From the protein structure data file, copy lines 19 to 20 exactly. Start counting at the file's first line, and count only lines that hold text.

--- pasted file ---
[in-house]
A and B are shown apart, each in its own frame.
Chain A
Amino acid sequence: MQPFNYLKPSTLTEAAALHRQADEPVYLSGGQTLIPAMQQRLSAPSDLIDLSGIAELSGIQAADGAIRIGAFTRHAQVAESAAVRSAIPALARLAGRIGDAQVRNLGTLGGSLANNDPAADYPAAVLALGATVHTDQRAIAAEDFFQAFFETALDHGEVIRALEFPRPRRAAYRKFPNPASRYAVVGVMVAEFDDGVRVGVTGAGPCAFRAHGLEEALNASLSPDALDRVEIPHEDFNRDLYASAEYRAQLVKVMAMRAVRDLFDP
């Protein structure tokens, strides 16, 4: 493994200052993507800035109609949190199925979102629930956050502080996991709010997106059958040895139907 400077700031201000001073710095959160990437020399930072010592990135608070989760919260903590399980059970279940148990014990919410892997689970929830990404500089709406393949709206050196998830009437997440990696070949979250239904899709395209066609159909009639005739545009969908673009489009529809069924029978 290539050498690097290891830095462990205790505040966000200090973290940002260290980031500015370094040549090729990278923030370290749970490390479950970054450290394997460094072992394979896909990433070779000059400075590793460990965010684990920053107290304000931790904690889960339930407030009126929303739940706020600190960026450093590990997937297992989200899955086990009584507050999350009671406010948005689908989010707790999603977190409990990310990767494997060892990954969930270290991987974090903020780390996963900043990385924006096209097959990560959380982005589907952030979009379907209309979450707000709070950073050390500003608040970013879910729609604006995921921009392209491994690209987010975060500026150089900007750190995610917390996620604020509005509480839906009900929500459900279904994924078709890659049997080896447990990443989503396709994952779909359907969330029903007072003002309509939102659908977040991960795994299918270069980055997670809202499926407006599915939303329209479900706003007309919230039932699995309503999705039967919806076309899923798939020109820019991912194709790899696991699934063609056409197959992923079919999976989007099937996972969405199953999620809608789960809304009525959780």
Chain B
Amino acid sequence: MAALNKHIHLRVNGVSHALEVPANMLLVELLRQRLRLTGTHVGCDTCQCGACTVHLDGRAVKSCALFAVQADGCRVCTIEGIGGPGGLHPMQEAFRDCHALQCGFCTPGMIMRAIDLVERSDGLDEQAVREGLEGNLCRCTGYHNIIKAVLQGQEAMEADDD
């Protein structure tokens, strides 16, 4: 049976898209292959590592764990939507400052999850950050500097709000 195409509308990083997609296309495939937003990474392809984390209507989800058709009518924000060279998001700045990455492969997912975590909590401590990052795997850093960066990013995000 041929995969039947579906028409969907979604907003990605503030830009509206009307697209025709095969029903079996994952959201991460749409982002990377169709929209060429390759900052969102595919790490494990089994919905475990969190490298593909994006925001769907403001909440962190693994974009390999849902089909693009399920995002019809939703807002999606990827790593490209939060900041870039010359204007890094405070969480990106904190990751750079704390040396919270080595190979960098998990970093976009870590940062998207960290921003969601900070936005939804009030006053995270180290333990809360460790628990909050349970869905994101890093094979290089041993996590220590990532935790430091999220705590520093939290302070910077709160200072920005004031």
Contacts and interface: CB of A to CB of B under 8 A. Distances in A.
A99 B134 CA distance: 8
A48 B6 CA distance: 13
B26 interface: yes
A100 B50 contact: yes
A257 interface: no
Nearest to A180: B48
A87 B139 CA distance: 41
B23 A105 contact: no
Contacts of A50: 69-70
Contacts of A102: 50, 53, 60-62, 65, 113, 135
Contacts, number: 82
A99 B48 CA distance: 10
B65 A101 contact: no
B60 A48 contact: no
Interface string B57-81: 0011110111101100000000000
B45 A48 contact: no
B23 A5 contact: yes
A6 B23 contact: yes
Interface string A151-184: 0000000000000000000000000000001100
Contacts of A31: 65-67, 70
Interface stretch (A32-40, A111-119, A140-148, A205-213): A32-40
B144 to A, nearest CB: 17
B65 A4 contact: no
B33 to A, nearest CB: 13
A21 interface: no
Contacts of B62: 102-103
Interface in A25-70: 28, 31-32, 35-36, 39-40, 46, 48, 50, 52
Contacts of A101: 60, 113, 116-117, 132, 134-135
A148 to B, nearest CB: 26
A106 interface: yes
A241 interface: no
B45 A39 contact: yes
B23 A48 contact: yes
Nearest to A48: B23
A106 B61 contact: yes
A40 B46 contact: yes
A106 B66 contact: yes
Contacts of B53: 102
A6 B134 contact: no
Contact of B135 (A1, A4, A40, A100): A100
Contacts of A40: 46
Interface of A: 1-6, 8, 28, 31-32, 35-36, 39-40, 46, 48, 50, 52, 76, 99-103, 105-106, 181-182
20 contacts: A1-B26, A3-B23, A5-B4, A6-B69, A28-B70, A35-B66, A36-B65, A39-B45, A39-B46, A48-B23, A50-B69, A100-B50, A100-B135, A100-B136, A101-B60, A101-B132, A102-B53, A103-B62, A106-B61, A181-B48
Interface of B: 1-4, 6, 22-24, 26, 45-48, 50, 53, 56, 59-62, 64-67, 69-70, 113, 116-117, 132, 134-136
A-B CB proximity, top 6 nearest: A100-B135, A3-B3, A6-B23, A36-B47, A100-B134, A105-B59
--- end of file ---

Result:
Contacts of A102: 50, 53, 60-62, 65, 113, 135
Contacts, number: 82